• Quite. It is salutary to remember that Lincoln was often ruthless, and broke the Constitution when it suited him. It is salutary to remember that Lee, like many Southern leaders, was a personally decent man, and the South had many brave soldiers – most of whom did not own slaves. It is salutary to remember the many ways in which the Northern side treated blacks badly.

    But, my God, calling a society “beautiful” that sold human beings at auction? The theft of people’s whole lives, the legitimised rape, the ripping apart of families – “beautiful”?

    And the whole “war not about slavery” thing has been wildly exaggerated for the sake of contrarianism, and because factions of left and right both have an interest in denigrating the idea that the US could ever do anything virtuous. Sure, it was not only about slavery, but if you look at contemporary accounts from those who fought in the war, they certainly thought that slavery was the deciding issue, the one question that could not be settled except by blood.

  • Unsmite me, evil robot!

    While waiting for my words of wisdom to reappear, Laird, I agreed with much of your post, but your final line is misconceived. “It was too high a price to pay” would be meaningful if someone had offered the US of 1860 a choice of two fully costed alternative futures, the civil war one in full knowledge of its bloodiness and the one where the slaveowners are paid compensation.

    But that ain’t how the world works, is it?

    There were plenty of plans floated to pay compensation to the slaveowners, as was done by the British Empire in the West Indies, and it was often implicit in these proposals that war might ensue if they didn’t take up the offer. But they didn’t take up the offer, because they didn’t know the future either.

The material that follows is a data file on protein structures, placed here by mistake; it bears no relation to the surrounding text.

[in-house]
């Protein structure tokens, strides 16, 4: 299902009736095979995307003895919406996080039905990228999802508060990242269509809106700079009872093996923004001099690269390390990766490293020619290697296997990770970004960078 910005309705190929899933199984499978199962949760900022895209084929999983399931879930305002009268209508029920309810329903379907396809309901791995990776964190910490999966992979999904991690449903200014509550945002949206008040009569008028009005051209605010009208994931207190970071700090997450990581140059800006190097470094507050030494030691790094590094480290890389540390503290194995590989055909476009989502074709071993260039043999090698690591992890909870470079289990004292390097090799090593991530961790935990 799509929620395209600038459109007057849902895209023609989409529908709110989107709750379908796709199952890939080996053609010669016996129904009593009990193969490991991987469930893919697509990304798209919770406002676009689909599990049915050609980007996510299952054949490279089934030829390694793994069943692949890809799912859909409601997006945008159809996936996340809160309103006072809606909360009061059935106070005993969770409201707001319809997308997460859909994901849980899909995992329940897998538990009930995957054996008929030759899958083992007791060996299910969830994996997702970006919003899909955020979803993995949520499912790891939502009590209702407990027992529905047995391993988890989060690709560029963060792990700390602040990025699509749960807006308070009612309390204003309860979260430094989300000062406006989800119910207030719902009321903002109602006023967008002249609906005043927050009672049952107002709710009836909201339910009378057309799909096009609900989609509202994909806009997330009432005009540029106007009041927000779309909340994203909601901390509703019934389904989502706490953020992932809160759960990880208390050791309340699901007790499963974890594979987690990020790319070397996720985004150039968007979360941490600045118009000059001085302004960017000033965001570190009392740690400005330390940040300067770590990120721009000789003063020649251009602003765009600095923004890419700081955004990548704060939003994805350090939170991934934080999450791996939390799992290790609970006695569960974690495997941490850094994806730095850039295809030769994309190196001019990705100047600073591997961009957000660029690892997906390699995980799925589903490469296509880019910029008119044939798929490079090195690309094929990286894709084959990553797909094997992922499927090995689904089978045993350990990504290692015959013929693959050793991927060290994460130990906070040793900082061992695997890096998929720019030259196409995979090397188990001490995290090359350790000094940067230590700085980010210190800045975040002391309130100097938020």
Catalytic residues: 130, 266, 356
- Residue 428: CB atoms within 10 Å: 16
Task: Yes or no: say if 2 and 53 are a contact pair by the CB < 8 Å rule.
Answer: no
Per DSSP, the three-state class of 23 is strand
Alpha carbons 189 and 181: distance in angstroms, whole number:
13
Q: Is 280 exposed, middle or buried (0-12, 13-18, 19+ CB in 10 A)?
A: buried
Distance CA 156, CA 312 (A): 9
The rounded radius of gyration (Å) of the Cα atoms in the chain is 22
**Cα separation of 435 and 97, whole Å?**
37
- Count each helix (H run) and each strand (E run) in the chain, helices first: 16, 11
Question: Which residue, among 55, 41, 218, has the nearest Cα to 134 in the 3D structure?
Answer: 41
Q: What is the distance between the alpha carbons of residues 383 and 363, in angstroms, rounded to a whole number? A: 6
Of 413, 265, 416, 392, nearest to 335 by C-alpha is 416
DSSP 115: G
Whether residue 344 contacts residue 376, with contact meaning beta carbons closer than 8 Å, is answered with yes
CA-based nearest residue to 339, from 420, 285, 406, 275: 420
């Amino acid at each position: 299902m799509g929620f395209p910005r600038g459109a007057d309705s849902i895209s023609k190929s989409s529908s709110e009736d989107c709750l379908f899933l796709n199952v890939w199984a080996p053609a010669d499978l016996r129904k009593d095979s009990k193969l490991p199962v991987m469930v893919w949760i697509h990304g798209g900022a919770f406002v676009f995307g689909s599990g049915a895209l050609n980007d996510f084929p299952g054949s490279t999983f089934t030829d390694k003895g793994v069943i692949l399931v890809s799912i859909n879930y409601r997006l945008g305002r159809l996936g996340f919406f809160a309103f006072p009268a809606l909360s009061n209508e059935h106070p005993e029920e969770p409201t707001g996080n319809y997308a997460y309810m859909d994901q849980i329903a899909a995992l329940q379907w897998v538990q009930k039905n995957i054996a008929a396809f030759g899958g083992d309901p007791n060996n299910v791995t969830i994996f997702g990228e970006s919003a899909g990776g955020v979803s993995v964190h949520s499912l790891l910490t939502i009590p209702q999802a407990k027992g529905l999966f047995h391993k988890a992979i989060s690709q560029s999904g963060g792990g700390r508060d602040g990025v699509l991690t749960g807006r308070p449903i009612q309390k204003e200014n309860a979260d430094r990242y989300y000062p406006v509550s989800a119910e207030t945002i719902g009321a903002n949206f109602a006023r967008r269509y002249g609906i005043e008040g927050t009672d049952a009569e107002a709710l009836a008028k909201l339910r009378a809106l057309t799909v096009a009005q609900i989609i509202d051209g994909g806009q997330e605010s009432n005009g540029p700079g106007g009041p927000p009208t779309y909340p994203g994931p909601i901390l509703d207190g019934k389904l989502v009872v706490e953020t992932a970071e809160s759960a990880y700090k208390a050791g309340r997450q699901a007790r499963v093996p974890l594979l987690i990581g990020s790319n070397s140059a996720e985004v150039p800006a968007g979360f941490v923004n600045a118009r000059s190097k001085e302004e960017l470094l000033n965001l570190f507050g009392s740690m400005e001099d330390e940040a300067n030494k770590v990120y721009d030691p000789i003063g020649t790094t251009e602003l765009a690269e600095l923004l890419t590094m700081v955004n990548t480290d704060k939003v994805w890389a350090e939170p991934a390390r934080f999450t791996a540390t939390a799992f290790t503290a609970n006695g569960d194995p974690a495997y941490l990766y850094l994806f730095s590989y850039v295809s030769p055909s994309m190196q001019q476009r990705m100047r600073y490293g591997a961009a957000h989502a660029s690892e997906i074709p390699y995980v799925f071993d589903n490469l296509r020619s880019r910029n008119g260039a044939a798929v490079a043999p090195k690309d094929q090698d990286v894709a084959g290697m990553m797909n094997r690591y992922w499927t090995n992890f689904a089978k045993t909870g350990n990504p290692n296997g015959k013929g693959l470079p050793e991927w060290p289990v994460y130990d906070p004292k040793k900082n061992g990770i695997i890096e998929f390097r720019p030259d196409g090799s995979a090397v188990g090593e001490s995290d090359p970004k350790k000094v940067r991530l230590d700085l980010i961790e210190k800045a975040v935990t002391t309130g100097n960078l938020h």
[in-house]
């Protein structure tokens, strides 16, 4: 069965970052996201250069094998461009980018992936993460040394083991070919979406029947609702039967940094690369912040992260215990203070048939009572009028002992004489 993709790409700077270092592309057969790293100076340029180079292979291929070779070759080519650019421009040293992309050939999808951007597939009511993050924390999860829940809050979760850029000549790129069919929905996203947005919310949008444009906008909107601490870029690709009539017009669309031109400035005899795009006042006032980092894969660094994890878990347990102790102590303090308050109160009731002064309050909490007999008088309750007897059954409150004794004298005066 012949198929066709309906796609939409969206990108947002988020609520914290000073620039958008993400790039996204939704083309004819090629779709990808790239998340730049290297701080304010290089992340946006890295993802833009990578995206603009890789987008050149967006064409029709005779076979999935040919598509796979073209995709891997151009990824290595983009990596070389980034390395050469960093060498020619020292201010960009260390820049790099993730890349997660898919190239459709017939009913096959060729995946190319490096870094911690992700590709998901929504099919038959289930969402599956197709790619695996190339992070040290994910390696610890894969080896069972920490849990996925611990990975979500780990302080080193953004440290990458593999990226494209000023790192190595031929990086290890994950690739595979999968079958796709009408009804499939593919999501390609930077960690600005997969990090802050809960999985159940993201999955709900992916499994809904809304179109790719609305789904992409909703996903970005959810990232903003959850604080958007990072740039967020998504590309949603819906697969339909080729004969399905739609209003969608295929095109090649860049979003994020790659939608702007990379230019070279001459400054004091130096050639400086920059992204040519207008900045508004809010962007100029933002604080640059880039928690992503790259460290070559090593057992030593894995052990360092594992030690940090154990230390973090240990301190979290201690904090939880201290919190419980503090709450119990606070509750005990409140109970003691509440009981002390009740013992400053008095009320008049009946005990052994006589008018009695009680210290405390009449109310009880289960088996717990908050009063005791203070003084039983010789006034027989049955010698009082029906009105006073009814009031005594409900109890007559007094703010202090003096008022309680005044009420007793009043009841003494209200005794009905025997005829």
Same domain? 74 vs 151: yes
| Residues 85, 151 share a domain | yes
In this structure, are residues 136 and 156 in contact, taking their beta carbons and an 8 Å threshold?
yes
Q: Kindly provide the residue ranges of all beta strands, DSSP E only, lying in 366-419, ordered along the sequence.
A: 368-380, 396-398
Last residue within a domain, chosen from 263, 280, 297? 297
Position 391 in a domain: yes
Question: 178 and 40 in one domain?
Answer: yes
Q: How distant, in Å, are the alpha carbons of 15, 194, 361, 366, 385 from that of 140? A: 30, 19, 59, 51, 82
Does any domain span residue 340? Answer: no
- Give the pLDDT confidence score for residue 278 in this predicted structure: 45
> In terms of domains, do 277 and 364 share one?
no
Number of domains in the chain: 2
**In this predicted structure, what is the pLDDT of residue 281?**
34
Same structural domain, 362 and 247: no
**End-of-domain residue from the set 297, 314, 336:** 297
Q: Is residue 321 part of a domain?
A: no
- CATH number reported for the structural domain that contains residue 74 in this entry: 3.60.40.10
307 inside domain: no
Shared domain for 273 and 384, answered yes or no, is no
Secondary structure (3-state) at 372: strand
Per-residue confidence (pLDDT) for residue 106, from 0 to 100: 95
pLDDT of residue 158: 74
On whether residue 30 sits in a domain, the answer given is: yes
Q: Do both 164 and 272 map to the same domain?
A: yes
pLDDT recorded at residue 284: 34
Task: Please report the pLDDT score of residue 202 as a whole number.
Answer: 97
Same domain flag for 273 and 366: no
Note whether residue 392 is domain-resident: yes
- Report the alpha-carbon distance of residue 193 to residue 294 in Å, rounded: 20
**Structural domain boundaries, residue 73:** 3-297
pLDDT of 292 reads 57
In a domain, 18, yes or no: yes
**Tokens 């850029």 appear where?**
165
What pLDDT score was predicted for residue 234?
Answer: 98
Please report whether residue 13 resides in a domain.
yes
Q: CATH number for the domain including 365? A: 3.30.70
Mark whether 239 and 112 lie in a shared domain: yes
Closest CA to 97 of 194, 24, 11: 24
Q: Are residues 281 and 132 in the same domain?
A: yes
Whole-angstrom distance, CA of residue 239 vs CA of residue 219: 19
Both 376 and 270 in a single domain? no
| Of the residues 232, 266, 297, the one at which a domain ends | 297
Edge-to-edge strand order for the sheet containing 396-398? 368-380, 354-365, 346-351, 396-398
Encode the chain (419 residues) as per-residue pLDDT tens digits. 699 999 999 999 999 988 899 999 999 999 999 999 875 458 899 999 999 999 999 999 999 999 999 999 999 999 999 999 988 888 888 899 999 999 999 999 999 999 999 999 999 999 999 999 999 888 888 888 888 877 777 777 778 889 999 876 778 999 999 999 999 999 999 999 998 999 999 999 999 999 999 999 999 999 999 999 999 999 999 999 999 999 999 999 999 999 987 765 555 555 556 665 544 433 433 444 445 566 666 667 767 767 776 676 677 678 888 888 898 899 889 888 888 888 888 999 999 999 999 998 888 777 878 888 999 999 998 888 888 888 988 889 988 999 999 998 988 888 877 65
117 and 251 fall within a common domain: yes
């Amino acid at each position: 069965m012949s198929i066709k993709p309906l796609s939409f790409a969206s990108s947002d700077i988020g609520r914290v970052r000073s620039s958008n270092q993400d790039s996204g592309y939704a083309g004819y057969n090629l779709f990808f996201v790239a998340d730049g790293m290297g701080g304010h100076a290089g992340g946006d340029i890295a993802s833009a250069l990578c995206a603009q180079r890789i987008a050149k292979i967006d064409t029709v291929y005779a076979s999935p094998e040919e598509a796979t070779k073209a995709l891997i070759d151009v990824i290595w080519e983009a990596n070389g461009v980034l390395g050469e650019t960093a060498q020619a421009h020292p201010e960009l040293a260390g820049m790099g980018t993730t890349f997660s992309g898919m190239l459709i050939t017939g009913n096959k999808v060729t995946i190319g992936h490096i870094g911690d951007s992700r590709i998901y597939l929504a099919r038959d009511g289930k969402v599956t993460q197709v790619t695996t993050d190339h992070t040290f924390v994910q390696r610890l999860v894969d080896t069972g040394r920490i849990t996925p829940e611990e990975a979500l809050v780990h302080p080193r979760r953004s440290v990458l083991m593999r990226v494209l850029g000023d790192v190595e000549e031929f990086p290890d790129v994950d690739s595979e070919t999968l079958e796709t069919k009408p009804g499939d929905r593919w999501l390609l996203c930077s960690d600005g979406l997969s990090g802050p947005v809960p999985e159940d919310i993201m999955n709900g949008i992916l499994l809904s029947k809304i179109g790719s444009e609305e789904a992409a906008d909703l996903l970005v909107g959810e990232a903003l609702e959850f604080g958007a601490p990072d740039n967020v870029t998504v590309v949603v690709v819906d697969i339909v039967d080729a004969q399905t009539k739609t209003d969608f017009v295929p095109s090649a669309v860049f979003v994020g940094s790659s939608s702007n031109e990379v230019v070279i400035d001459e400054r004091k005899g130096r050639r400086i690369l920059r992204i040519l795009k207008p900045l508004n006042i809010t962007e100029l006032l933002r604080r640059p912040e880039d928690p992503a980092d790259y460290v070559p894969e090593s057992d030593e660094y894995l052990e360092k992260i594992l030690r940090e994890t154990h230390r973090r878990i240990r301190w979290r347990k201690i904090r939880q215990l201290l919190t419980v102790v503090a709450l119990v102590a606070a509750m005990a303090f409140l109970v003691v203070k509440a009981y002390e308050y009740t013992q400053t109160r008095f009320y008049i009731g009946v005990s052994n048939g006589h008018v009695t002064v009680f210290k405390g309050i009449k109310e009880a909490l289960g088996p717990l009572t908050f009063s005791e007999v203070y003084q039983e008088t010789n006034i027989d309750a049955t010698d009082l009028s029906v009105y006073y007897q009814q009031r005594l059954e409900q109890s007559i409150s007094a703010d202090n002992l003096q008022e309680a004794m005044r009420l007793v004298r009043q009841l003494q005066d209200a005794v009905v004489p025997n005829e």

• Johnathan Pearce

    Natalie, I despise Taki, but even I was surprised that he wrote those words. He’s treated as a sort of far-right jester, a bit like Rod Liddle (who keeps pretending that he is a leftie).

  • It’s interesting to see how fashions in Southern apologetics change over time.

    In the 1930s Charles Beard and his followers claimed that the evil northern capitalists forced the war on the innocent proto-socialist South. The plantations were supposed to be embryonic collective farms and slaves were mostly happy with their lot. (See the disgusting Shirley Temple film “The Littlest Rebel”

    Of course back then the Solid South was an essential part of FDR’s New Deal coalition.

  • xj

    Picking up on Taylor’s point, let’s not forget that the term “wage slave” was first coined by a Southern apologist who was arguing, with apparent sincerity, that factory workers in the North were worse off than plantation slaves in the South. From there it’s a short step to full-blown Marx.

    (And indeed, contemporary defenders of slavery used to make a big deal about how worn-out slaves would be supported in their old age by their “owners” – similar to the “but at least they have healthcare!” argument made nowadays by defenders of Castro.)

  • Fraser Orr